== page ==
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October 8, 2021
LANSING - Attorney General Dana Nessel joined a coalition of 20 Attorneys General, led by Pennsylvania Attorney General Josh Shapiro and New York Attorney General Letitia James, in submitting a formal complaint asking the Postal Regulatory Commission to order the U.S. Postal Service to request an advisory opinion on Postmaster General Louis DeJoy's ten-year plan to transform the Postal Service.
"We continue to watch Postmaster General DeJoy make reckless changes to the postal service that only further delay and disrupt operations," Nessel said. "The Postal Regulatory Commission must reject these efforts by supporting additional scrutiny of the ten-year plan and a proper evaluation of its potential impact to the U.S. Postal Service."
The attorneys general submitted the complaint and its relevant exhibits to the Postal Regulatory Commission, an independent federal agency that provides transparency and accountability to the Postal Service. The complaint asserts that Postmaster General DeJoy adopted a ten-year plan that will make significant changes to postal services without first obtaining an advisory opinion from the Commission. Federal law requires the Postal Service to go to the Commission whenever it makes a change to postal services that will affect the entire country. The group writes:
"The Plan will transform virtually every aspect of the Postal Service… rework how the Postal Service transports mail and other products; overhaul its processing and logistics network; enact slower service standards for First-Class Mail and Periodicals and First-Class Packages Services; reconfigure the location of places where customers can obtain postal products and services; and adjust rates... To date, the Postal Service has only submitted two requests for an advisory opinion to the Commission on important but narrow changes that represent only a small portion of the Plan's scope."
Congress empowered the Commission to provide expert advice and oversight to the Postal Service-oversight that is sorely needed after Postmaster General DeJoy implemented operational changes in summer 2020 that caused nationwide mail delays. The group explains that avoiding review by the Commission will harm the States and the public and could lead to future problems with mail delivery:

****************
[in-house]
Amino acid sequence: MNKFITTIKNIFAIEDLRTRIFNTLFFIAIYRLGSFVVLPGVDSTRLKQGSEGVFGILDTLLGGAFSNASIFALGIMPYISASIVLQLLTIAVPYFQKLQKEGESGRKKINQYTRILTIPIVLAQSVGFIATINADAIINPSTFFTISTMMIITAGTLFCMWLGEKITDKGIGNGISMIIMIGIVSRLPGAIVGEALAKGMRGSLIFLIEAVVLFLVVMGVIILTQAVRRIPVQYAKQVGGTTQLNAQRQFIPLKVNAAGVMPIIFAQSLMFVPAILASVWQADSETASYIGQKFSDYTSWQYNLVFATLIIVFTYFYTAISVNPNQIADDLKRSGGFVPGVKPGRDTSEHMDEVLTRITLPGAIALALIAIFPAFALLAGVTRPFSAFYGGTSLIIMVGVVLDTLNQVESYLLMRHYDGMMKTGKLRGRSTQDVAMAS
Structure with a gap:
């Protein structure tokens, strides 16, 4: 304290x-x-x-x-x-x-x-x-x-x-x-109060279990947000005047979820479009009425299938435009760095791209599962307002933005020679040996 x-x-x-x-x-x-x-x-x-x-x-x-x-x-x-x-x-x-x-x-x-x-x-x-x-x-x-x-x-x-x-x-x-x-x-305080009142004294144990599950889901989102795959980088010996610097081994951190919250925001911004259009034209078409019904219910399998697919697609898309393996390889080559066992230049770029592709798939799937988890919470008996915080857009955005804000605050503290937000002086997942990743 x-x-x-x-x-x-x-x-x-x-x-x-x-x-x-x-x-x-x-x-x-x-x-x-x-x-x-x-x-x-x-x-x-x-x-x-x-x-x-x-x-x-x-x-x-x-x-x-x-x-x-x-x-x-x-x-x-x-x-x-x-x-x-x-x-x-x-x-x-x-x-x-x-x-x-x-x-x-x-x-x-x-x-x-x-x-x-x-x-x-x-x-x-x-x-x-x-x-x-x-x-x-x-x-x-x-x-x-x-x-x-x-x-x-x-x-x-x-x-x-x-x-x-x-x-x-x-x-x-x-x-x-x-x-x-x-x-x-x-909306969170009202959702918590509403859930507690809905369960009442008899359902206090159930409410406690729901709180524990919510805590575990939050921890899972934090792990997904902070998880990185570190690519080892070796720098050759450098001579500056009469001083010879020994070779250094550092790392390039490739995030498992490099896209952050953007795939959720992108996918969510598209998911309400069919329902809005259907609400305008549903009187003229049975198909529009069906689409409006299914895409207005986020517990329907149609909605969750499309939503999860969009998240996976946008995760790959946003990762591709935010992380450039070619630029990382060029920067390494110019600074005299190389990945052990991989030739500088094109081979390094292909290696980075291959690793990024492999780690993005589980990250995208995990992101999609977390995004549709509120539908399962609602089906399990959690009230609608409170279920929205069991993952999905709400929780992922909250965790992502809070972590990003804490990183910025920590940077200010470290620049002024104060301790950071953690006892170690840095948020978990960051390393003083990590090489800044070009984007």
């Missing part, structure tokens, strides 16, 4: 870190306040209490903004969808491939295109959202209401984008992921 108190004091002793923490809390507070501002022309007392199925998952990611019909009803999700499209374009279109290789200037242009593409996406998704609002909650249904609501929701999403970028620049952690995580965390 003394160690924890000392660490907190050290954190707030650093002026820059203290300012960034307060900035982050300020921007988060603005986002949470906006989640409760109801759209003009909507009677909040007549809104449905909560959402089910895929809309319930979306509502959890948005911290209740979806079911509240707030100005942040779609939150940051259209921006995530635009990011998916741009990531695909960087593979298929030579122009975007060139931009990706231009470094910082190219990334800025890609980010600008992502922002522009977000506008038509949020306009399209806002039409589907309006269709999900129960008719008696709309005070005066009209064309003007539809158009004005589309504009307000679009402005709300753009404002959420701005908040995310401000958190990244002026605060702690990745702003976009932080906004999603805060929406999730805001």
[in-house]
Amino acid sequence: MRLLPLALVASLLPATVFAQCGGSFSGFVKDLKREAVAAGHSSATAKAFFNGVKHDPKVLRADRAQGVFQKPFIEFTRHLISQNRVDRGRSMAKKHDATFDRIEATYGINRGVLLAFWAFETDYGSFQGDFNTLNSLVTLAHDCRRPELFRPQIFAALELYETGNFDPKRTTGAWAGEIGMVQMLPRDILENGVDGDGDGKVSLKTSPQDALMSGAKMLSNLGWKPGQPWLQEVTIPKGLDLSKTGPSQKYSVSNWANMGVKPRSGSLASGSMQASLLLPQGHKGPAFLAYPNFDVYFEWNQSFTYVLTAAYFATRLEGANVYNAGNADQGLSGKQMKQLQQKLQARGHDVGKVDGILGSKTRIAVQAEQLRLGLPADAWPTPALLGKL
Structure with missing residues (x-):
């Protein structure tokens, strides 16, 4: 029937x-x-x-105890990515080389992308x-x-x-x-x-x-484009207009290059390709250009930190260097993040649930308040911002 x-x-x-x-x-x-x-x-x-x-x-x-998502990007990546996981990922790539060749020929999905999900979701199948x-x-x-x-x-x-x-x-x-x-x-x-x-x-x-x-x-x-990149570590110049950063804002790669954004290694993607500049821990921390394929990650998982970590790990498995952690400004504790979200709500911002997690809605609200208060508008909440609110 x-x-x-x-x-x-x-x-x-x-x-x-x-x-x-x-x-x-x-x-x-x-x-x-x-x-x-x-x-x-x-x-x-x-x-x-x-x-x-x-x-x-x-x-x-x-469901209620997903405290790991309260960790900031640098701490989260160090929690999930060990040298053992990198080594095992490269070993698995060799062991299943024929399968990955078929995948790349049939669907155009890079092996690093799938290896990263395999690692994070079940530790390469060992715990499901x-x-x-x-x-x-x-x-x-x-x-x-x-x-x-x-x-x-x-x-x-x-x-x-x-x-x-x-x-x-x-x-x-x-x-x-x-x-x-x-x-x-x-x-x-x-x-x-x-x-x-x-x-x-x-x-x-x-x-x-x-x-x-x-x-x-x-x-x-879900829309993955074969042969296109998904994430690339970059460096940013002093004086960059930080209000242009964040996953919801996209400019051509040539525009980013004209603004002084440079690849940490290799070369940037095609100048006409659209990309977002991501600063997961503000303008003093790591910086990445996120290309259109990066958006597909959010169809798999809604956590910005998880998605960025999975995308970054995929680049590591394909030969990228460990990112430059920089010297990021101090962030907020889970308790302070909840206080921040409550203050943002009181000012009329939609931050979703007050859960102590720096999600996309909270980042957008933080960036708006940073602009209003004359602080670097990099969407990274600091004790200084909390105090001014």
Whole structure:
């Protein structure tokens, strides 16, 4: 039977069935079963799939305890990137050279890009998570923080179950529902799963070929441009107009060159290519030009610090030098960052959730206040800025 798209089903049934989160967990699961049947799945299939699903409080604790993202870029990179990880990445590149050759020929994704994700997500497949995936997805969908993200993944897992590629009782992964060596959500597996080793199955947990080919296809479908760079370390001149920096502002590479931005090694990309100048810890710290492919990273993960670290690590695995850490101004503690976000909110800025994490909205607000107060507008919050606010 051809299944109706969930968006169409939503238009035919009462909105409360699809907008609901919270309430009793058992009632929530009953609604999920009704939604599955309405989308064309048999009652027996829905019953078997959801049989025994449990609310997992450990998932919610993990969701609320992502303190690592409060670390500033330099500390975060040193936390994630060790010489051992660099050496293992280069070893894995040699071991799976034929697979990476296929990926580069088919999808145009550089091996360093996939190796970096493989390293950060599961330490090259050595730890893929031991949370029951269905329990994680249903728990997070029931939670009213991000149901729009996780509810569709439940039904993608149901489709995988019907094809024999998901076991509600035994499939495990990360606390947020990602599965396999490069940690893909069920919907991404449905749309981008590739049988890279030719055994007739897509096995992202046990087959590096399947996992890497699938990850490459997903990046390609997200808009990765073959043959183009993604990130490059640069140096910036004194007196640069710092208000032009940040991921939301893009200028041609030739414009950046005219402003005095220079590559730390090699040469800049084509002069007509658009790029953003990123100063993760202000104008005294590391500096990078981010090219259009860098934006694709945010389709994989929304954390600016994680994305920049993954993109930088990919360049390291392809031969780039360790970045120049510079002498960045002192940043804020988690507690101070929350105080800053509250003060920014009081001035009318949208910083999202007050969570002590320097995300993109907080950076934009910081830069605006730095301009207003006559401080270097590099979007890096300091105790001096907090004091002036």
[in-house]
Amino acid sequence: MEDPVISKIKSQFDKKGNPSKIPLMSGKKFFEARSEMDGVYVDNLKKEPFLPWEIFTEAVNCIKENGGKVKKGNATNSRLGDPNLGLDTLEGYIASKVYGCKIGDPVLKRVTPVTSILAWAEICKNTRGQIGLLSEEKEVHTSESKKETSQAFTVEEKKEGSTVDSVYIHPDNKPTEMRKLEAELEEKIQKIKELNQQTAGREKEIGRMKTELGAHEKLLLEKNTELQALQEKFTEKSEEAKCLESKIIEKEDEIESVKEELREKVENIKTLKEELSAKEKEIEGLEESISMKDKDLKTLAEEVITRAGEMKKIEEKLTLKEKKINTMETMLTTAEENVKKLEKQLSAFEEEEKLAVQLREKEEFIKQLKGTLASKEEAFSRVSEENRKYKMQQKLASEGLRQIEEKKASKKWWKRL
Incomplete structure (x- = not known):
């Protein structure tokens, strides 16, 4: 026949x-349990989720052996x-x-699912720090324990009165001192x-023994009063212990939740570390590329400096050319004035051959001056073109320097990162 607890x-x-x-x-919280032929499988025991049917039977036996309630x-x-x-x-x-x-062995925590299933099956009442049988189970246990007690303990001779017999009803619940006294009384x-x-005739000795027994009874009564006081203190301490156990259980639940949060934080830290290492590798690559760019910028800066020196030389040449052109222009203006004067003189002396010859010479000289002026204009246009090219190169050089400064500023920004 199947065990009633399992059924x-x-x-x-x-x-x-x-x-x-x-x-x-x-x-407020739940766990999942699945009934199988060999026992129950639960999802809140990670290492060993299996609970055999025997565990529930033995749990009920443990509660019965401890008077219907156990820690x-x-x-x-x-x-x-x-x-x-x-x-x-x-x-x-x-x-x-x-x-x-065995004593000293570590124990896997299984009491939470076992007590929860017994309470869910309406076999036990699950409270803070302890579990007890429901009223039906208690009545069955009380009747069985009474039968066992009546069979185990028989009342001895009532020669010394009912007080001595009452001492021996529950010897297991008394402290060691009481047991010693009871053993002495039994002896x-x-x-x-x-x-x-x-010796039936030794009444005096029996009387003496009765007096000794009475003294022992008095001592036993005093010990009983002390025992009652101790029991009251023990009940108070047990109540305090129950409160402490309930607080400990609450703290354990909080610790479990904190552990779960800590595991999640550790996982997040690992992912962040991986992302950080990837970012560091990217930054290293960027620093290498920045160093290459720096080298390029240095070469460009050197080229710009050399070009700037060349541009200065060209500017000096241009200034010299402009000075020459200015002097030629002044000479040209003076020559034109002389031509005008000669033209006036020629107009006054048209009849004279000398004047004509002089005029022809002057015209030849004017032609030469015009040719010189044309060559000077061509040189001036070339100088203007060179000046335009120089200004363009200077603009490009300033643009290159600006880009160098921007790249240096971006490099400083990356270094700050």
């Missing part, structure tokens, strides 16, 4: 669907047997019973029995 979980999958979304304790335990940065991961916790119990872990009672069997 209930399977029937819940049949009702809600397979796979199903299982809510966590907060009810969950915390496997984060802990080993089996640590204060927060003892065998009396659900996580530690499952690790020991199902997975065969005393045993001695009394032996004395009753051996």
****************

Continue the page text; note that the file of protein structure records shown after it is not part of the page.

"The Plan reflects multiple unprecedented changes in the Postal Service's operations and service, at a time when reliance on the mail remains at historic levels, and states across the country are grappling with a resurgence of COVID-19 cases caused by the Delta variant. Implementing the full breadth of these changes without adhering to the process set forth in section 3661(b) deprives users of the mail of their statutory rights, and undermines public accountability. In addition, failing to seek the Commission's expert review on such a transformational change upsets the statutory balance established by the [Postal Regulatory Act], deprives the Postal Service of the Commission's expert recommendations, risks significant errors in the Postal Service's decision-making, and ultimately harms all who rely on the Postal Service for timely and efficient mail."
The complaint requests that the Commission order the Postal Service to request a review of the full extent of the ten-year plan, affording the States and the public an opportunity to provide comment.
Joining Nessel in this complaint are the attorneys general of California, Connecticut, Delaware, District of Columbia, Illinois, Maine, Maryland, Massachusetts, Minnesota, Nevada, New Jersey, New Mexico, New York, North Carolina, Oregon, Pennsylvania, Virginia, Rhode Island, and Washington.
Earlier this year, Nessel joined a coalition of 21 attorneys general and two cities in calling on the Postal Regulatory Commission to oppose efforts to increase delivery times for First-Class Mail and other essential postal services.